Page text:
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Coenzyme Q10 Reduces Statin-Induced Muscle Pain

Thirty-two patients treated for hyperlipidemia with an HMG CoA-reductase inhibitor (statin) who had drug induced muscle pain (with or without muscle weakness or muscle fatigue) were randomly assigned to receive, in double-blind fashion, 100 mg/day of coenzyme Q10 (CoQ10) or 400 IU/day of vitamin E for 30 days.

After 30 days, compared with baseline, the mean pain severity decreased by 40% (p < 0.001) in the CoQ10 group and increased by nine percent in the vitamin E group (p < 0.001 for the difference in the change between groups). Three of 18 patients receiving CoQ10 and one of 14 patients receiving vitamin E had complete resolution of muscle pain. Plasma CK concentrations did not change significantly in either group.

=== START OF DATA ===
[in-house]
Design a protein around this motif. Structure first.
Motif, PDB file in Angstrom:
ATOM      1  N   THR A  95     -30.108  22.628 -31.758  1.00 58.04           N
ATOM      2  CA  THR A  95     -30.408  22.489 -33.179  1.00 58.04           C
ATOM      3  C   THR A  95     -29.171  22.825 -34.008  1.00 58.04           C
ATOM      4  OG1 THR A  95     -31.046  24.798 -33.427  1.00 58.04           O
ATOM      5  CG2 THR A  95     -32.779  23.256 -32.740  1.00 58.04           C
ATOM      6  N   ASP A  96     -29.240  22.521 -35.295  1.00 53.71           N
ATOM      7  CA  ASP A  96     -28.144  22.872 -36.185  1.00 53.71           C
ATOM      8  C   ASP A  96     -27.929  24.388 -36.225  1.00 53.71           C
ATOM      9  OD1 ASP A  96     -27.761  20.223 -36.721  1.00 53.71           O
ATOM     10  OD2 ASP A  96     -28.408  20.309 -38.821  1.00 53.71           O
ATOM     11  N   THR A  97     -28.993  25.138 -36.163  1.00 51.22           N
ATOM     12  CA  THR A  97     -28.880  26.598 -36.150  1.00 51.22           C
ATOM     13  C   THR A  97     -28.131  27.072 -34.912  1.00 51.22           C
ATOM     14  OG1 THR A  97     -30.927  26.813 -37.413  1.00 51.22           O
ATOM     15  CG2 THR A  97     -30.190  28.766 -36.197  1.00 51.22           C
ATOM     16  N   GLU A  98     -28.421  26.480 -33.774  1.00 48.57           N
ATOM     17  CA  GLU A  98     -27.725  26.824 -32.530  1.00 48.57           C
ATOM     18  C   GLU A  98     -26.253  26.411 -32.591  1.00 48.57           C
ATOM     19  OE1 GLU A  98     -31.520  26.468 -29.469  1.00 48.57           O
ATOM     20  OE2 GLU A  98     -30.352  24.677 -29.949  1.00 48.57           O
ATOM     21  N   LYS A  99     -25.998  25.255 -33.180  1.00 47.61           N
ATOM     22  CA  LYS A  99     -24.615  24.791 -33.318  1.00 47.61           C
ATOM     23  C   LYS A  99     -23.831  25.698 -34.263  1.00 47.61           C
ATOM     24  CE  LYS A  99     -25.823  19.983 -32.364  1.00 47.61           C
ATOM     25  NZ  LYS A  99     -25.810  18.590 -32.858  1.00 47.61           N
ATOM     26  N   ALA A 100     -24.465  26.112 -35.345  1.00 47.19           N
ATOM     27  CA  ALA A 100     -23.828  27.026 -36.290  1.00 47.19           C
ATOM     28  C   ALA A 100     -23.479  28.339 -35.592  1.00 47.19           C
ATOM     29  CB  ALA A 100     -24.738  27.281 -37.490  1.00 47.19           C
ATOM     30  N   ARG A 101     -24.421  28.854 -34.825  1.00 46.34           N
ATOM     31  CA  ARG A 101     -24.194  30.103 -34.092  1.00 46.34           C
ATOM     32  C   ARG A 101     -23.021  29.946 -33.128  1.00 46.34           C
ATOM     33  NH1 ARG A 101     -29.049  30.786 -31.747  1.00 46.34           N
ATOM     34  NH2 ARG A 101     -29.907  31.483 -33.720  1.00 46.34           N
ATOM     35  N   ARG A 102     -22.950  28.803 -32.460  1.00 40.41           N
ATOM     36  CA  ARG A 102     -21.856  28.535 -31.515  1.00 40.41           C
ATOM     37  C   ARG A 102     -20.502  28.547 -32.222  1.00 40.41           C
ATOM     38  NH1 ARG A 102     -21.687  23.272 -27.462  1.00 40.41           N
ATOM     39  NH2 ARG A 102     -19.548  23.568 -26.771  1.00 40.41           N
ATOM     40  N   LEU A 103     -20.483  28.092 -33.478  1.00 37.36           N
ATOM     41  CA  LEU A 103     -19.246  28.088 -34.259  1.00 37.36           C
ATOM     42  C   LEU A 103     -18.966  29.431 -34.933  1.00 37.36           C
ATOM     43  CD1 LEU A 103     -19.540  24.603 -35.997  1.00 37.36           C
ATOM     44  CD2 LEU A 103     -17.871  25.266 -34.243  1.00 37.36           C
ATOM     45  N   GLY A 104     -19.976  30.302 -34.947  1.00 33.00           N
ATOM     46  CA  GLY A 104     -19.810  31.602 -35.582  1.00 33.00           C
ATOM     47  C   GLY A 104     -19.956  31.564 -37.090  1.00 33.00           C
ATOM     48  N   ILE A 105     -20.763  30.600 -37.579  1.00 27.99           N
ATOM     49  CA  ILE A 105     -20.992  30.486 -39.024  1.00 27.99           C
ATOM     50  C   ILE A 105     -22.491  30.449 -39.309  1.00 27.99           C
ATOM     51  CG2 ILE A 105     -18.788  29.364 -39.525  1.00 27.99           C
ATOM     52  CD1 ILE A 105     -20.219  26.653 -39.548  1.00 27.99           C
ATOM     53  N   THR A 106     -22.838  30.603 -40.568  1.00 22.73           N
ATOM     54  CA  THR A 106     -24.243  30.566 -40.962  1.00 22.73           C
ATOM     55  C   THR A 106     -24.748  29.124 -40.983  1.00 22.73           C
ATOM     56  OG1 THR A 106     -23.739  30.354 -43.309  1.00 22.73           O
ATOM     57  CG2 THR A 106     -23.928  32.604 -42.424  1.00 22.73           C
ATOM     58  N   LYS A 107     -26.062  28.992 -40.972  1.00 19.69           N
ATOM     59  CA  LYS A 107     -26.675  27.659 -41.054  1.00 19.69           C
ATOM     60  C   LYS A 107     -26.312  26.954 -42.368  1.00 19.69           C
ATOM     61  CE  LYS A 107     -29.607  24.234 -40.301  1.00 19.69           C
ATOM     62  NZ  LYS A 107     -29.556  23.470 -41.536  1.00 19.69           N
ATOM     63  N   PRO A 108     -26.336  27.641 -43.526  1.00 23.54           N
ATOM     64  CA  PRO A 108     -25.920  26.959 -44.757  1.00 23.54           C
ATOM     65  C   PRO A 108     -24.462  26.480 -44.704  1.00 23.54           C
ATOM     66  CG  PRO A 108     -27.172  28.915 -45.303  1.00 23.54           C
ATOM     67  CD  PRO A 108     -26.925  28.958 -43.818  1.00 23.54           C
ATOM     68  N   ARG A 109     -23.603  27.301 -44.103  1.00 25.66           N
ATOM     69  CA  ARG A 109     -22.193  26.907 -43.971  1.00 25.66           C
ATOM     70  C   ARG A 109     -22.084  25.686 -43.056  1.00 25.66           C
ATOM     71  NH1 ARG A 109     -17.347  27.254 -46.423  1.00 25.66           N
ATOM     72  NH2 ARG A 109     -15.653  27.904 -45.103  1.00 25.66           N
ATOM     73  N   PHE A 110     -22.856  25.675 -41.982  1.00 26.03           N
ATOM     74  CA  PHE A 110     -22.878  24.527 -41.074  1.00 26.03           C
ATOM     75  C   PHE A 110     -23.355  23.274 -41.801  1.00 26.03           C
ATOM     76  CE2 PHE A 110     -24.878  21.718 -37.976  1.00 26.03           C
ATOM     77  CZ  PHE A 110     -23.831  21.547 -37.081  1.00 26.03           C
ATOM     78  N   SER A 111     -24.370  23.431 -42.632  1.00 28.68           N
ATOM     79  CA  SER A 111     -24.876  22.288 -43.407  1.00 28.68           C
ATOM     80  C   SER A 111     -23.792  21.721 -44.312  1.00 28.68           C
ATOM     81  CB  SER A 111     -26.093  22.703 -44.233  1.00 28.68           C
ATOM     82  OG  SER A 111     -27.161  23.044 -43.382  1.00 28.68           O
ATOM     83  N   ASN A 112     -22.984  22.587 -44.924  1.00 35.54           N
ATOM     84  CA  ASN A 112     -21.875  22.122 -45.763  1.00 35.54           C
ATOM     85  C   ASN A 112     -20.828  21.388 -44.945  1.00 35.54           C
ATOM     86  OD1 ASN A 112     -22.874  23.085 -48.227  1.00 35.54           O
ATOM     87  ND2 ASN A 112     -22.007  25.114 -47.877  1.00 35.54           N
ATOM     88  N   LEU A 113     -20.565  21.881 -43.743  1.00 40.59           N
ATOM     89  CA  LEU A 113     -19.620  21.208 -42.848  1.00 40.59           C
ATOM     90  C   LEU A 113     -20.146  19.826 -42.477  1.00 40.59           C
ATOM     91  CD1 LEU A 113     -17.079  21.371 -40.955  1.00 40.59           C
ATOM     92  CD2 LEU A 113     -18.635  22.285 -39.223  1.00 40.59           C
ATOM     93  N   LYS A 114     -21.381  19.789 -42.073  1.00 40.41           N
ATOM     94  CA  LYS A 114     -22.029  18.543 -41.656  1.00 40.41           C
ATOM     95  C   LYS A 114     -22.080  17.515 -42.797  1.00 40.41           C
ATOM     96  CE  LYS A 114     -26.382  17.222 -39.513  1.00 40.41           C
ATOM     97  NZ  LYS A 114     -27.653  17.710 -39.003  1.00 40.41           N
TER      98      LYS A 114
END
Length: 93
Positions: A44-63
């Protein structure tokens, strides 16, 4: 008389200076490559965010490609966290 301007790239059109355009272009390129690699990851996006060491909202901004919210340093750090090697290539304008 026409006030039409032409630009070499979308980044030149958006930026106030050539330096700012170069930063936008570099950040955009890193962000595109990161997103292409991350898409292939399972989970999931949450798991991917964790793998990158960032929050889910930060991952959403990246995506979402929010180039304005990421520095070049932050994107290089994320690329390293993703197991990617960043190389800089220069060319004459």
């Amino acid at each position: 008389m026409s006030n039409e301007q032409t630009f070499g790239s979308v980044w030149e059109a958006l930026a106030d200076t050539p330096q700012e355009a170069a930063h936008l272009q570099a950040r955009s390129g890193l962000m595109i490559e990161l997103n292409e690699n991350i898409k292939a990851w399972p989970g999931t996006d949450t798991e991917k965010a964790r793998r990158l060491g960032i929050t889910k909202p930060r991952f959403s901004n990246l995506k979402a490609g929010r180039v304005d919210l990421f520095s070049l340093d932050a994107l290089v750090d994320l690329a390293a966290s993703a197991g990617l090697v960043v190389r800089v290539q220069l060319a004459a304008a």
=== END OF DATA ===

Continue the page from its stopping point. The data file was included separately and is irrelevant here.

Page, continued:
Comment by Alan Gaby, M.D.:

Muscle-related side effects occur in as many as 15% of patients taking a statin drug. Various myopathic symptoms have also been reported to occur in people with CoQ10 deficiency. The main source of CoQ10 in humans is endogenous synthesis, as opposed to ingestion from food. Statin drugs inhibit the synthesis of Co-Q10, and therefore have the potential to cause CoQ10 deficiency. The results of the present study suggest that drug-induced CoQ10 deficiency is the main cause of muscle symptoms in some patients taking statin drugs. However, the fact that CoQ10 supplementation was effective in only a minority of patients indicates that CoQ10 deficiency is not the only cause of statin-induced myopathy.


Caso G, et al. Effect of coenzyme Q10 on myopathic symptoms in patients treated with statins. Am J Cordiol. 2007 May 15;99:1409-1412.

Reprinted with exclusive permission from The Townsend Letter, October 2007

Key concepts: statin, coenzyme Q10, CoQ10, muscle pain, hyperlipidemia